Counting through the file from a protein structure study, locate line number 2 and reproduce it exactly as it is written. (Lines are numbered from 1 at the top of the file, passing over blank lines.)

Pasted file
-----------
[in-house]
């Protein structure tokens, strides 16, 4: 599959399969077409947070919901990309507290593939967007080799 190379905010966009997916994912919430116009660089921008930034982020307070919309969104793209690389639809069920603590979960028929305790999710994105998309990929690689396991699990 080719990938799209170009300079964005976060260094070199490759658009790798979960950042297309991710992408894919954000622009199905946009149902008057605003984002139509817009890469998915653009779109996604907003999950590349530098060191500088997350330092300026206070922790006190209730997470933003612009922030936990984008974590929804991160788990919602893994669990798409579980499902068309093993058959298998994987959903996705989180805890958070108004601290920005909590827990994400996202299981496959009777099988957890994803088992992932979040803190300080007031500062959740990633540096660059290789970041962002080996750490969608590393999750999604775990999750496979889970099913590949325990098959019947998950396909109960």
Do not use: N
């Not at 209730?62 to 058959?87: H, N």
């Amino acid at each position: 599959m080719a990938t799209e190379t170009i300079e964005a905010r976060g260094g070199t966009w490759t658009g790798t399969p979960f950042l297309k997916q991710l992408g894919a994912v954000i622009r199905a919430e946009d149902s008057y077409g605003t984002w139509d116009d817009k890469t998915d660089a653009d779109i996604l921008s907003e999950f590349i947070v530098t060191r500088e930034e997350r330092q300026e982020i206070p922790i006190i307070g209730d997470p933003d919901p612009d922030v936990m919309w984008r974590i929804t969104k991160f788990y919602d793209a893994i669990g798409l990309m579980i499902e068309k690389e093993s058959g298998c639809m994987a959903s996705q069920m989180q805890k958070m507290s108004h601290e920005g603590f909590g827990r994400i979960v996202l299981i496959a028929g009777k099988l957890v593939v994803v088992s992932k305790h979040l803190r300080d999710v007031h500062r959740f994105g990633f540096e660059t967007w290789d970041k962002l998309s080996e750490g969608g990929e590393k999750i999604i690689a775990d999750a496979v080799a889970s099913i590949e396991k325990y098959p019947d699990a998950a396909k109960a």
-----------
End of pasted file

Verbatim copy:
């Protein structure tokens, strides 16, 4: 599959399969077409947070919901990309507290593939967007080799 190379905010966009997916994912919430116009660089921008930034982020307070919309969104793209690389639809069920603590979960028929305790999710994105998309990929690689396991699990 080719990938799209170009300079964005976060260094070199490759658009790798979960950042297309991710992408894919954000622009199905946009149902008057605003984002139509817009890469998915653009779109996604907003999950590349530098060191500088997350330092300026206070922790006190209730997470933003612009922030936990984008974590929804991160788990919602893994669990798409579980499902068309093993058959298998994987959903996705989180805890958070108004601290920005909590827990994400996202299981496959009777099988957890994803088992992932979040803190300080007031500062959740990633540096660059290789970041962002080996750490969608590393999750999604775990999750496979889970099913590949325990098959019947998950396909109960």